I suggest you either create your graphic objects or import free ones. I’ve chosen to import 3 free graphic elements, 2 were free and 1 I created. I found a nice free picture on Pixabay and used GIMP to crop it into a circle; that quick edit took less than a minute to do. I then imported the image for use in the animation.
2 – Add-in the design background, text and object(s) to be animated.
The object should be placed in the initial starting position. In this example, my animation will consist of several elements: an arrow, a heart, a cupid and an image with some text. It’s very important to make sure that the elements stay relative from one frame to the next otherwise if they move up or down slightly the final animation with bounce and be jittery. So to place everything correctly I’ll add them to the frame in the starting positions and use vertical, horizontal and diagonal guides within Inkscape to help line up the elements from one frame to the next. Once all 30+ frames are created, I’ll clean up the images by deleting what I don’t need in each frame rather than trying to add in the correct places. This is not hard to do but it does take patience.
3 – Adding guidelines or locators for repositioning the animation along the path it will move.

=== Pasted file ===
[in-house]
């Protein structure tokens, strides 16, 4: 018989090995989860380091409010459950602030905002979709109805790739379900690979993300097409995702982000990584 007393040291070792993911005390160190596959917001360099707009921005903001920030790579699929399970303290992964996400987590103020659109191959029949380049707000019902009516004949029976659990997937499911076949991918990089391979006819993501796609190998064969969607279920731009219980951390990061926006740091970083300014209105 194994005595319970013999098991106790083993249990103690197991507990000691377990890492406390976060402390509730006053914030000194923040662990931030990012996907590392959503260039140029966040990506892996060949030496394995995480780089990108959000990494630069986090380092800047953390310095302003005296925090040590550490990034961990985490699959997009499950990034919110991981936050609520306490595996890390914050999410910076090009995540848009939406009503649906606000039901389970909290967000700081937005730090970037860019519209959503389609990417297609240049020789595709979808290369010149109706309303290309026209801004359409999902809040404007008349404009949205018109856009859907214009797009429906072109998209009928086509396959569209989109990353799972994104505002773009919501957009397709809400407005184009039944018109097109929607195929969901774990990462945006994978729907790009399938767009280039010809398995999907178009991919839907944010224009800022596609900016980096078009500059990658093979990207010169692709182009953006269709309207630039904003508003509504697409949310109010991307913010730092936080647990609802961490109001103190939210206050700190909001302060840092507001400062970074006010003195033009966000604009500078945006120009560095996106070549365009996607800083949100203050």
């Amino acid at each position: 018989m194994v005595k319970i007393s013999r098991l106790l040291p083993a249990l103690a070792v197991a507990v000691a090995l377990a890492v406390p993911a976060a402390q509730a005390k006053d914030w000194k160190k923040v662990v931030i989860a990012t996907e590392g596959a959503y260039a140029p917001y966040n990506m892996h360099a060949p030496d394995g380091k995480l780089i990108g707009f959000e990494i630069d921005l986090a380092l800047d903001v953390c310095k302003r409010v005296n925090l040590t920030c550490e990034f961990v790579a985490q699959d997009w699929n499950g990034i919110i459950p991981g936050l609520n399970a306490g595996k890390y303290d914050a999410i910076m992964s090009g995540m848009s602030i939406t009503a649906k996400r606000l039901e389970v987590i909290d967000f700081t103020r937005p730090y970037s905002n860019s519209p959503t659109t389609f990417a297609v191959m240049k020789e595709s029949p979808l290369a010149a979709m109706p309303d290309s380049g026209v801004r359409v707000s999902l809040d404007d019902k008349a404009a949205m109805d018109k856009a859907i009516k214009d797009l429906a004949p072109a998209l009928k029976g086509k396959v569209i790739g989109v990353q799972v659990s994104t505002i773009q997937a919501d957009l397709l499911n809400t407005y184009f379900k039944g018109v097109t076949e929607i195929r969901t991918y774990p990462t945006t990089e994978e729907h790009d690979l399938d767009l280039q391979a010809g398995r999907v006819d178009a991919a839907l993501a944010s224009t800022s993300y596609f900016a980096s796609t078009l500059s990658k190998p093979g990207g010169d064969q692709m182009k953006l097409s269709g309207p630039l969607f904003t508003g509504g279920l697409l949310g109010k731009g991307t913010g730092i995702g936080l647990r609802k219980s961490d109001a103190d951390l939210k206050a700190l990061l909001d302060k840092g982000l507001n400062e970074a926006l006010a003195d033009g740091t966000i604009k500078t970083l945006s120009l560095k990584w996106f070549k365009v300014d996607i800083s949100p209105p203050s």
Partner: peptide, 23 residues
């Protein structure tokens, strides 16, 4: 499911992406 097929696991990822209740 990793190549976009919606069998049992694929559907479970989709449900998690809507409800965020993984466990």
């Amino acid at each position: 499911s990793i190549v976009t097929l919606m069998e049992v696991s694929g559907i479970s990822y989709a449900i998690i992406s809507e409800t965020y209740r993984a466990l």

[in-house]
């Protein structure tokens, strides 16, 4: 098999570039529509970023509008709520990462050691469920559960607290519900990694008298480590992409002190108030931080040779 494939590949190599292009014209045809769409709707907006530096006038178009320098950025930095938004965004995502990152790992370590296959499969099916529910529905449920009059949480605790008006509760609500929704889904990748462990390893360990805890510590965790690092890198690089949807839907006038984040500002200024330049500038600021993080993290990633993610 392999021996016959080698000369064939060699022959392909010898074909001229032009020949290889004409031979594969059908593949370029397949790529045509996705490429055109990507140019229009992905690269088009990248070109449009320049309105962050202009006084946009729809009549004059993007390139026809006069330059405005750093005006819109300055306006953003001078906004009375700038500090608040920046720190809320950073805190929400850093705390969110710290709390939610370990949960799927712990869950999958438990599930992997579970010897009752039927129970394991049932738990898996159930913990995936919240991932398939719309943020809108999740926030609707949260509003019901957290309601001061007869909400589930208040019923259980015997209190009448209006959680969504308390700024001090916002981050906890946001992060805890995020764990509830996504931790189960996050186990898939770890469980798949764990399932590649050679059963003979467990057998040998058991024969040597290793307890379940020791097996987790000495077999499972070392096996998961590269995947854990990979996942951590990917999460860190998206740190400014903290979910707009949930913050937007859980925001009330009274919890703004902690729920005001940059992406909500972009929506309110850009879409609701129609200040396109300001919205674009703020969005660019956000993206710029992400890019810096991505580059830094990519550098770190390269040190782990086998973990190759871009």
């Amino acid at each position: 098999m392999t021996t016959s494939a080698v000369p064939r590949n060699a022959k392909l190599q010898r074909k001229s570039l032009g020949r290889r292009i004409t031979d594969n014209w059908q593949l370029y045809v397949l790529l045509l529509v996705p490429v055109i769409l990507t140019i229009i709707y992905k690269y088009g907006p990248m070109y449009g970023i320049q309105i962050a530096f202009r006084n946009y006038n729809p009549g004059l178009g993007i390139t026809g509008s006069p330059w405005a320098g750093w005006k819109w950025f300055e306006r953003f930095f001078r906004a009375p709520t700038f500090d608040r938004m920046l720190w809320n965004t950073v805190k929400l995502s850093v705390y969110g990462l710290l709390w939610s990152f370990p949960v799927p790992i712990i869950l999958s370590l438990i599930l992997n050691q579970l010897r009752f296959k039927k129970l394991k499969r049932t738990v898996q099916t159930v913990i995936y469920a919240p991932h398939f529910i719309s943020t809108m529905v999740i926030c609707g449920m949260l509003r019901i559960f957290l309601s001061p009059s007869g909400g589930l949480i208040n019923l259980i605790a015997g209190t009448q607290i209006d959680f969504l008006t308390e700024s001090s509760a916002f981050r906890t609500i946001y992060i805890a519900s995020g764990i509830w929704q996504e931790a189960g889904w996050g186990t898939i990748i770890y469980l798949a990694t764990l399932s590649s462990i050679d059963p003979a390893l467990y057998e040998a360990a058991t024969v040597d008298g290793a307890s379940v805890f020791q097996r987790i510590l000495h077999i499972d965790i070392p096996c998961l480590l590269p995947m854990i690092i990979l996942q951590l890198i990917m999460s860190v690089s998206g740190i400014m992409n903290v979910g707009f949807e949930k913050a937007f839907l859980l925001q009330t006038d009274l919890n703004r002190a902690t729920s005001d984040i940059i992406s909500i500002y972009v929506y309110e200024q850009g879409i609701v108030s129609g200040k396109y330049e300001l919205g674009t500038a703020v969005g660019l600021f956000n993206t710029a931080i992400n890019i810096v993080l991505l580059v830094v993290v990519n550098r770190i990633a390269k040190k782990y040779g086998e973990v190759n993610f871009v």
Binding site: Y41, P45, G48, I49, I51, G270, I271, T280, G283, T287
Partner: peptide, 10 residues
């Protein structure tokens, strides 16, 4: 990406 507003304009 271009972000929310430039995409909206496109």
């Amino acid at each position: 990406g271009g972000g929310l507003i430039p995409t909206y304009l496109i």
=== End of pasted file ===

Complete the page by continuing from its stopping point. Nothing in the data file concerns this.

As I mentioned the guides are there to prevent bobbing or jittery in the animation; plus, I use the guides to “slide” the object being animated along the guideline through each “frame” of the animation. For example, I’m using a diagonal guide to move the arrow from the cupid to the heart. I also use a vertical guide to move the small hearts from the top of the image to the bottom.
4 – Copy key frames then change the placement and opacity of the objects in each frame to create the stop motion animation.
Again, the goal is to create a minimum of 30 total frames. Without getting into the technical details of why, I’m stating for this demo that’s the minimum number of frames to roughly make a 5 second animated GIF. The more frames you create the smoother the animation will be but the longer it will take to create in Inkscape. In this example I have 4 key frames: 1) the starting frame, 2) frame where the heart changes, 3) frame where the circle with hands begins to show and 4) the final frame with a message. The transition from one key frame to the next uses both movement of and changes in transparency or opacity of object as the stop motion progresses.
5 – Modify the object(s) being animated by moving it along the guideline and increasing or decreasing transparency.
From frame 1 to about frame 7, the changes in position are done using guidelines. This transition is the movement of the arrow. The next transition starts when the heart changes into multiples and the multiple begin to fall down along a vertical guide. The cupid fades from frame to frame by decreasing transparency to 0 and then deleting it in the rest of the frames. The circle with the hands and lower message begin to show by increasing the transparency from 0 to 100. The final four or five frames contain the complete message.